The oldest known find of bread, by archaeologists in Northern Jordan, dates back 14,000 years. It was a sort of unleavened flatbread made with several types of wild cereals.
Pita is a flatbread found in many Mediterranean, Balkan, and Middle Eastern cuisines. In Arab countries, pita bread is produced as a round flatbread, 18 cm (7 in) to 30 cm (12 in) in diameter. It is thin and puffs up as it bakes. Since it does not contain any added fat, it dries out rapidly and is best consumed while still warm; later, it may become chewy.
In Arabic, the names for pita are simply خبز 'khubz, bread', الخبز العربي (al-khubz al-ʿarabiyy) 'Arab bread' or خبز الكماج 'al-kimaj bread'. In Egyptian Arabic, it is called ʿaish (عيش) or ʿaish baladi (عيش بلدي). 'Aish means life in Arabic, highlighting the importance of pita bread in Egyptian culture.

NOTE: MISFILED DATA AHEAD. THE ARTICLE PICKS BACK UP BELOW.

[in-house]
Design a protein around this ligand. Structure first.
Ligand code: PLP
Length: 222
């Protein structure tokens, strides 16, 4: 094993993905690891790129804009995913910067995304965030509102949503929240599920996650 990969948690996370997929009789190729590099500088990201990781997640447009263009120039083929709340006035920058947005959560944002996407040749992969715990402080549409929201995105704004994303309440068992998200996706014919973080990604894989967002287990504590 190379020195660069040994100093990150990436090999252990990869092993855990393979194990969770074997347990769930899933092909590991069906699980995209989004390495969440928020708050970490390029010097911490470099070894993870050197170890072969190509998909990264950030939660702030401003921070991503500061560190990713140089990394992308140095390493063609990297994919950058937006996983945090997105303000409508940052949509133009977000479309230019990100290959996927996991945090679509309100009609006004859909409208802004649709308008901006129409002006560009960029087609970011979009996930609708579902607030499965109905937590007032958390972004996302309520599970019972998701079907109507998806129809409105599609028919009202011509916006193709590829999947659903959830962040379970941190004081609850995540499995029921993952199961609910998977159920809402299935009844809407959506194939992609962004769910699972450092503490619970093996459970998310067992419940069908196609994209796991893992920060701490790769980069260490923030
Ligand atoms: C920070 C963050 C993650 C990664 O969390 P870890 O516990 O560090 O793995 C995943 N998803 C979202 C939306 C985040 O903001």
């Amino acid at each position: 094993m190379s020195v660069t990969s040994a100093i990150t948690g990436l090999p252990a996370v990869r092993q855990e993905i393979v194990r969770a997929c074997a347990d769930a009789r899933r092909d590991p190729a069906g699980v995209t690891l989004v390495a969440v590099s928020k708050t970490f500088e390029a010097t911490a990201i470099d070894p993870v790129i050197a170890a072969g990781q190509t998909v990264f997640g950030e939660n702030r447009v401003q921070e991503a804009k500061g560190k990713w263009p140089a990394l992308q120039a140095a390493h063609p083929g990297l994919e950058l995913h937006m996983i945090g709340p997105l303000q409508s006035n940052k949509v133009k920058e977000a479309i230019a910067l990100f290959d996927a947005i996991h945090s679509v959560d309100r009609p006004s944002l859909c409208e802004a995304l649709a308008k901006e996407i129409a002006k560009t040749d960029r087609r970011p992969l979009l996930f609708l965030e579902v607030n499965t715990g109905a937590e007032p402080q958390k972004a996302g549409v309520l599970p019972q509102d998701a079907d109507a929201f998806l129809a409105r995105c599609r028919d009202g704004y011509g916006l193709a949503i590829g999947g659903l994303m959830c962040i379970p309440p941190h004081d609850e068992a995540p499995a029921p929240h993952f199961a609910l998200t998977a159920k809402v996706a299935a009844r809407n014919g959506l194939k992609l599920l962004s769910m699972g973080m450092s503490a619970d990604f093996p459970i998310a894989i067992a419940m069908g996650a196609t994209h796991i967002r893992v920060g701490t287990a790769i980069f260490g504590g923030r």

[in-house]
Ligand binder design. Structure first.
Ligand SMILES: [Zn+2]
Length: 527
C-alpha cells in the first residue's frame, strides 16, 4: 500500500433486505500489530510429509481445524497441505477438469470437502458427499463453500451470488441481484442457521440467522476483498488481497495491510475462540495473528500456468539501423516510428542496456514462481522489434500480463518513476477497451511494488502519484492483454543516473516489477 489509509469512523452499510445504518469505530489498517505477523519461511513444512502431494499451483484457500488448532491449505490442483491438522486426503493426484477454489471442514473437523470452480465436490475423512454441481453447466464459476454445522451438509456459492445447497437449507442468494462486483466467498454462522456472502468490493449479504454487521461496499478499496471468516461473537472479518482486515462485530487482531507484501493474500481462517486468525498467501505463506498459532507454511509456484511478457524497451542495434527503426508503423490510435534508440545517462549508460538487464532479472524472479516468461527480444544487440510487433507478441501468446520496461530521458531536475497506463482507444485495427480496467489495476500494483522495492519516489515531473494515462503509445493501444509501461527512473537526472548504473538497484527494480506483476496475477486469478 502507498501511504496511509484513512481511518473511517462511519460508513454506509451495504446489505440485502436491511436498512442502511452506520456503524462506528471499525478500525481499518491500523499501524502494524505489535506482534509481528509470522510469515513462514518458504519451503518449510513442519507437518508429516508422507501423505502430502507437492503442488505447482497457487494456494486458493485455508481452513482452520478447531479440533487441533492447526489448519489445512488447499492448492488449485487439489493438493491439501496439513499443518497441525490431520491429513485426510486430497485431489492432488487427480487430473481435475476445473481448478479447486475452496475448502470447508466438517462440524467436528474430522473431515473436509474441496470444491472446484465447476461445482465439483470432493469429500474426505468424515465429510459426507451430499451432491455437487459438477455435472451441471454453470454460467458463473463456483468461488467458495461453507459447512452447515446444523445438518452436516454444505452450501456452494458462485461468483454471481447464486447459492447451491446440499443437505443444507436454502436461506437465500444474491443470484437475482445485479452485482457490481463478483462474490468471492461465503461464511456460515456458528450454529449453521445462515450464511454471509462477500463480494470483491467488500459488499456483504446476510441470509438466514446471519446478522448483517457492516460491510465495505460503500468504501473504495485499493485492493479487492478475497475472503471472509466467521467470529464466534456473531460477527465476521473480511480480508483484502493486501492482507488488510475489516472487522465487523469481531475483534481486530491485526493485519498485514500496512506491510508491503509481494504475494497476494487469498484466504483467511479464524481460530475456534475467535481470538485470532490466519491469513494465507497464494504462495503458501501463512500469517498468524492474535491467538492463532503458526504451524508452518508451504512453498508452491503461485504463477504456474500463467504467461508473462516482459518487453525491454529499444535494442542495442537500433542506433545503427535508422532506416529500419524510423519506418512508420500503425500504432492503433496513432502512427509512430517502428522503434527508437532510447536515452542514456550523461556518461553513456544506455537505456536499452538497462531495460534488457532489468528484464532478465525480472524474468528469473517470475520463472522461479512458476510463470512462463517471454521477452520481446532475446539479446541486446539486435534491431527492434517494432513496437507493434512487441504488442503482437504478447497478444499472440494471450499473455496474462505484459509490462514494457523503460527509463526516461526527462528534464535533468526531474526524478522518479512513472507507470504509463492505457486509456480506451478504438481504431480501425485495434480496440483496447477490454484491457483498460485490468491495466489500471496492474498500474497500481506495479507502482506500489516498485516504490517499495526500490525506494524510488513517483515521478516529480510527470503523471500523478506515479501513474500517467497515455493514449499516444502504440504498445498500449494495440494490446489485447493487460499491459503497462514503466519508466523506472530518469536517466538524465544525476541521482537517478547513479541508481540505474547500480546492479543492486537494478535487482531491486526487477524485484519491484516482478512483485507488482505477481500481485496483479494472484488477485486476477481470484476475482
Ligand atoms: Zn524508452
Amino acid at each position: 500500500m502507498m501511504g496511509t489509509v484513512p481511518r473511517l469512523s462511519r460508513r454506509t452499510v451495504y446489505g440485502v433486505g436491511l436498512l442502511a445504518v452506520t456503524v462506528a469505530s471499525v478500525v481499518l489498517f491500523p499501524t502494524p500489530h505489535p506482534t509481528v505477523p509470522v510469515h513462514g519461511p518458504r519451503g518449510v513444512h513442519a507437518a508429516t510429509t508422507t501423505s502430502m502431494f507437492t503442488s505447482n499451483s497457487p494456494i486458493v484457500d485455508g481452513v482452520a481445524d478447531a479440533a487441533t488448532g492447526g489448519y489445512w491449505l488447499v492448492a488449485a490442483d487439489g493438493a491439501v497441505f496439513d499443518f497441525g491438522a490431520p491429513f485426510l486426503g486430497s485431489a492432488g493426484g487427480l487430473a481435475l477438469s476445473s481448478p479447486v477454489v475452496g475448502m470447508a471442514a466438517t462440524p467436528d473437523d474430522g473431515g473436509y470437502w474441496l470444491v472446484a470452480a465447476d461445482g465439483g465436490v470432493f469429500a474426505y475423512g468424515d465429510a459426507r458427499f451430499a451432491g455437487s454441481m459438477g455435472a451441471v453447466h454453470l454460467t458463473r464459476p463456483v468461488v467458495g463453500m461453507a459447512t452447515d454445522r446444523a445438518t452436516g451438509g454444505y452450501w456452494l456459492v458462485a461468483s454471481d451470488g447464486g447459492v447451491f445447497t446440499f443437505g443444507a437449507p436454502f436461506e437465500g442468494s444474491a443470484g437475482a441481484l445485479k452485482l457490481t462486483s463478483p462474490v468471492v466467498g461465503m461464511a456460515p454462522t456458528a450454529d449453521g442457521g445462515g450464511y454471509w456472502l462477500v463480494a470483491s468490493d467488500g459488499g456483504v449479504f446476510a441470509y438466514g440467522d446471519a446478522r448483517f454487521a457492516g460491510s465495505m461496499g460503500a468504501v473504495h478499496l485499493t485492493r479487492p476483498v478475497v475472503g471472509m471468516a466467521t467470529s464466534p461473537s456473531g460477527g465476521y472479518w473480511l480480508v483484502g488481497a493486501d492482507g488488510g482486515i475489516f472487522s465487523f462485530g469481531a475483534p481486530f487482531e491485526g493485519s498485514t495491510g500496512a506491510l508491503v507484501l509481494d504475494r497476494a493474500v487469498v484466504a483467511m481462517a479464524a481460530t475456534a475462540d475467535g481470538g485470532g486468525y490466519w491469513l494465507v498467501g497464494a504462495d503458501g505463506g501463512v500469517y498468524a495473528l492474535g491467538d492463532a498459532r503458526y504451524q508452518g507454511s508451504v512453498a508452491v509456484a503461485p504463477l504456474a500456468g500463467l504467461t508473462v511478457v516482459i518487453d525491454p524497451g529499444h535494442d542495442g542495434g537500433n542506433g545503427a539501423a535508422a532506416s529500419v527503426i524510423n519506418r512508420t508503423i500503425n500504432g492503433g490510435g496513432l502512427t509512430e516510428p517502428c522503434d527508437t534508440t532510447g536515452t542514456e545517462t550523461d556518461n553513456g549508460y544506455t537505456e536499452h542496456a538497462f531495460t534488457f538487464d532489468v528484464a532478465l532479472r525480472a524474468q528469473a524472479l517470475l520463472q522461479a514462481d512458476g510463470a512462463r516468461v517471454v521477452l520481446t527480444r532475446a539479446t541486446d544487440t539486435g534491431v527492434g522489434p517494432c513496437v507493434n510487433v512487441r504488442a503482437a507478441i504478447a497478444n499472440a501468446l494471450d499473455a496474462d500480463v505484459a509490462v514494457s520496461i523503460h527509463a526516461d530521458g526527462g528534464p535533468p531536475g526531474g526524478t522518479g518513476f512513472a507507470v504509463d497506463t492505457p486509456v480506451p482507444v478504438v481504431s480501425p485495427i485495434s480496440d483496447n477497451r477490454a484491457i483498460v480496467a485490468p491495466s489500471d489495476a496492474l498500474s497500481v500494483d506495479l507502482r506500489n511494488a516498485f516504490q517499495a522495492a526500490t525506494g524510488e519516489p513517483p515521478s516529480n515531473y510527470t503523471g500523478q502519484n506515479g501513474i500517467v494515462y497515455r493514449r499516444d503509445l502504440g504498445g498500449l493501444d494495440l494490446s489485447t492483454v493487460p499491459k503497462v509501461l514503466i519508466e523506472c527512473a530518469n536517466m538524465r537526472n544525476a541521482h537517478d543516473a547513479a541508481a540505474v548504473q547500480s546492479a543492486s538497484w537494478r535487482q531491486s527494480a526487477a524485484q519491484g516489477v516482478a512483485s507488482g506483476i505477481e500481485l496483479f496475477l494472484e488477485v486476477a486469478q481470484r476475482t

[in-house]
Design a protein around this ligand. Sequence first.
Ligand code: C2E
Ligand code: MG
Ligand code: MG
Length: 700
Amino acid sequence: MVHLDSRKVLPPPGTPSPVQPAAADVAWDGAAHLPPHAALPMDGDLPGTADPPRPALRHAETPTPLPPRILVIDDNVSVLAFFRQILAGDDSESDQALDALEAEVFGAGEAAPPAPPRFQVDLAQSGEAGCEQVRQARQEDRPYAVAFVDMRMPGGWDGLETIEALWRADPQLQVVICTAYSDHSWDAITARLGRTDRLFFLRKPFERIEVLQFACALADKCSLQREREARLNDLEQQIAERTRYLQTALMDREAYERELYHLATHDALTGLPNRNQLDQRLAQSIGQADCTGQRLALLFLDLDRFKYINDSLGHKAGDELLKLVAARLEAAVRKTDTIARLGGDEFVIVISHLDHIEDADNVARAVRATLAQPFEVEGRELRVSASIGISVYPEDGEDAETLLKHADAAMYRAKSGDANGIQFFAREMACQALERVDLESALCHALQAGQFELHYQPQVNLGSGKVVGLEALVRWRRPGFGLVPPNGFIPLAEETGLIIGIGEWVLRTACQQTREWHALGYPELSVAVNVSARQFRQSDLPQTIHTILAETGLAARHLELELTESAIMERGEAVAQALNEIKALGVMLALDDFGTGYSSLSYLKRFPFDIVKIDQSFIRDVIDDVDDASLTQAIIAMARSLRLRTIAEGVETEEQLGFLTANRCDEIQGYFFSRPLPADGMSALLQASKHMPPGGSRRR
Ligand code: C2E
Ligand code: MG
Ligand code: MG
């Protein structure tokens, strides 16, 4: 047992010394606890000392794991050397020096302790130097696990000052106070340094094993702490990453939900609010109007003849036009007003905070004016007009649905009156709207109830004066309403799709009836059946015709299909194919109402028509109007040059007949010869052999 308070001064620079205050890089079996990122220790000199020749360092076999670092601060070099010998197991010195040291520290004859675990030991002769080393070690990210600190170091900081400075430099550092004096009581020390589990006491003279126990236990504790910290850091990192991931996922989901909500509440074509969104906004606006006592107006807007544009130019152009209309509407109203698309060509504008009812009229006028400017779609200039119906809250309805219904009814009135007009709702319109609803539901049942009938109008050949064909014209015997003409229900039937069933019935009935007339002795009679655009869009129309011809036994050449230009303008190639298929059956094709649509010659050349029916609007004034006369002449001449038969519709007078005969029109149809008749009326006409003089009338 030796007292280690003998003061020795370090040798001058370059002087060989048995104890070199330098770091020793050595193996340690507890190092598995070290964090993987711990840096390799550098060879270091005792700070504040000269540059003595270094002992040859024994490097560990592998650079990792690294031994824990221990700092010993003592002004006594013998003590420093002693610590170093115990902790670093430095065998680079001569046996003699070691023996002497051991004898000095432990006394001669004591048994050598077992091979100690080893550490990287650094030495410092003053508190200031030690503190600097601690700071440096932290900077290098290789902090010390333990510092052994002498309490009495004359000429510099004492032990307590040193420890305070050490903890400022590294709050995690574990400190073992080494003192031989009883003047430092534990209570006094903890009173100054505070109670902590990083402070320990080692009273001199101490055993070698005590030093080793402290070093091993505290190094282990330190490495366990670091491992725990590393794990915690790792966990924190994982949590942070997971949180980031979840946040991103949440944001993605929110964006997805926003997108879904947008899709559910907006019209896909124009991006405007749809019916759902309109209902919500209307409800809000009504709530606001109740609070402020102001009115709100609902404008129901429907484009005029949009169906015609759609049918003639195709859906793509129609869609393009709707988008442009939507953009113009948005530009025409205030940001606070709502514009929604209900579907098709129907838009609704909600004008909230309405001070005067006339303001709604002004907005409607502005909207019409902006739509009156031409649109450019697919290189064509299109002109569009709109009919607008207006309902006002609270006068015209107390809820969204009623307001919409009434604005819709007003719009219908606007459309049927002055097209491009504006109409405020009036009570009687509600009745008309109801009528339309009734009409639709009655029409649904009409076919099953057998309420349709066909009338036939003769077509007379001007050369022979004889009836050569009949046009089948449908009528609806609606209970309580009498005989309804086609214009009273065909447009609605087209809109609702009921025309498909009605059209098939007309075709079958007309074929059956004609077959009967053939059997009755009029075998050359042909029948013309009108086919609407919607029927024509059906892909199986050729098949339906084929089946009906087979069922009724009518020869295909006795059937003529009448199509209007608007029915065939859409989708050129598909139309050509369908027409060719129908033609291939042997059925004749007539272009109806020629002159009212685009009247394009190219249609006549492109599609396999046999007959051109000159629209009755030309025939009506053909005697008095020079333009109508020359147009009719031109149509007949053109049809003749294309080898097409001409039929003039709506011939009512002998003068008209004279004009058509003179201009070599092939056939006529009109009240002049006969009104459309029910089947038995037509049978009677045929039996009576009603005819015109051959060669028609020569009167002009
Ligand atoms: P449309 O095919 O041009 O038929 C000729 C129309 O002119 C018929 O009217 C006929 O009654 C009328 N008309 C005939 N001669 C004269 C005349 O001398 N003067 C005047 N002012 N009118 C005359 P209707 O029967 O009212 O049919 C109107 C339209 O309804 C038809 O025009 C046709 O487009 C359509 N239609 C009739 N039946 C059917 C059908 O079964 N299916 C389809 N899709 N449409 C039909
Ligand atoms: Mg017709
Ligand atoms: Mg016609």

In Egyptian, Jordanian, Iraqi, Lebanese, Palestinian, Israeli and Syrian cuisine, almost every savory dish can be eaten in or on pita bread. It is one of the staple food items in the Lebanese cuisine. Common fillings include falafel, lamb or chicken shawarma, kebab, omelettes such as shakshouka (eggs and tomatoes), hummus, and other mezes.
Tannur /Tandoor bread
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Pita bread originated in the Middle East and is also known as Arabic, Syrian, and pocket bread.CS1 maint: uses authors parameter (link)
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